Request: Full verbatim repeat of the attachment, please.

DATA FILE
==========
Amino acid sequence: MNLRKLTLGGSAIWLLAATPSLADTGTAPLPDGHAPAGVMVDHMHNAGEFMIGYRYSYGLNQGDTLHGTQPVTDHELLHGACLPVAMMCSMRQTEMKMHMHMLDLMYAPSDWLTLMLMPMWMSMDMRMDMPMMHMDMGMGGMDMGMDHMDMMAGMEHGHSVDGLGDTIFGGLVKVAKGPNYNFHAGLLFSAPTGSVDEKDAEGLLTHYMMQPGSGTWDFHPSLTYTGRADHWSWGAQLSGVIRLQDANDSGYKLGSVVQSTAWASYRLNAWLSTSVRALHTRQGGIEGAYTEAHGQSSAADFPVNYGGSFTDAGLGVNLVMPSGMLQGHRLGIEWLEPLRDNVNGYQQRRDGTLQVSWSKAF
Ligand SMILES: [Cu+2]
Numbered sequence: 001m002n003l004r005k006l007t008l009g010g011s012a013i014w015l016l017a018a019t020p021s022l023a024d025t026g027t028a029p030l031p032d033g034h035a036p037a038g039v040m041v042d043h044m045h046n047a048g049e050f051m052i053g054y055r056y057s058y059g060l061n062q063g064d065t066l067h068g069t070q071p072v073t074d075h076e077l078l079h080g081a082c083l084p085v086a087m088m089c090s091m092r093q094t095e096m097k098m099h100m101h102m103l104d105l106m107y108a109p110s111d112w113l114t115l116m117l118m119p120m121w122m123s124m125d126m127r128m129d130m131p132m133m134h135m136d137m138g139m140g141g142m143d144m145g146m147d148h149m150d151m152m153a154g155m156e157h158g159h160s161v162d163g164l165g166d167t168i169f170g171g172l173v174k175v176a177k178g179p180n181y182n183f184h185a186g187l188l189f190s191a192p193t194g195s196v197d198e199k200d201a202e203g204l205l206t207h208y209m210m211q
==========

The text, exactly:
Amino acid sequence: MNLRKLTLGGSAIWLLAATPSLADTGTAPLPDGHAPAGVMVDHMHNAGEFMIGYRYSYGLNQGDTLHGTQPVTDHELLHGACLPVAMMCSMRQTEMKMHMHMLDLMYAPSDWLTLMLMPMWMSMDMRMDMPMMHMDMGMGGMDMGMDHMDMMAGMEHGHSVDGLGDTIFGGLVKVAKGPNYNFHAGLLFSAPTGSVDEKDAEGLLTHYMMQPGSGTWDFHPSLTYTGRADHWSWGAQLSGVIRLQDANDSGYKLGSVVQSTAWASYRLNAWLSTSVRALHTRQGGIEGAYTEAHGQSSAADFPVNYGGSFTDAGLGVNLVMPSGMLQGHRLGIEWLEPLRDNVNGYQQRRDGTLQVSWSKAF
Ligand SMILES: [Cu+2]
Numbered sequence: 001m002n003l004r005k006l007t008l009g010g011s012a013i014w015l016l017a018a019t020p021s022l023a024d025t026g027t028a029p030l031p032d033g034h035a036p037a038g039v040m041v042d043h044m045h046n047a048g049e050f051m052i053g054y055r056y057s058y059g060l061n062q063g064d065t066l067h068g069t070q071p072v073t074d075h076e077l078l079h080g081a082c083l084p085v086a087m088m089c090s091m092r093q094t095e096m097k098m099h100m101h102m103l104d105l106m107y108a109p110s111d112w113l114t115l116m117l118m119p120m121w122m123s124m125d126m127r128m129d130m131p132m133m134h135m136d137m138g139m140g141g142m143d144m145g146m147d148h149m150d151m152m153a154g155m156e157h158g159h160s161v162d163g164l165g166d167t168i169f170g171g172l173v174k175v176a177k178g179p180n181y182n183f184h185a186g187l188l189f190s191a192p193t194g195s196v197d198e199k200d201a202e203g204l205l206t207h208y209m210m211q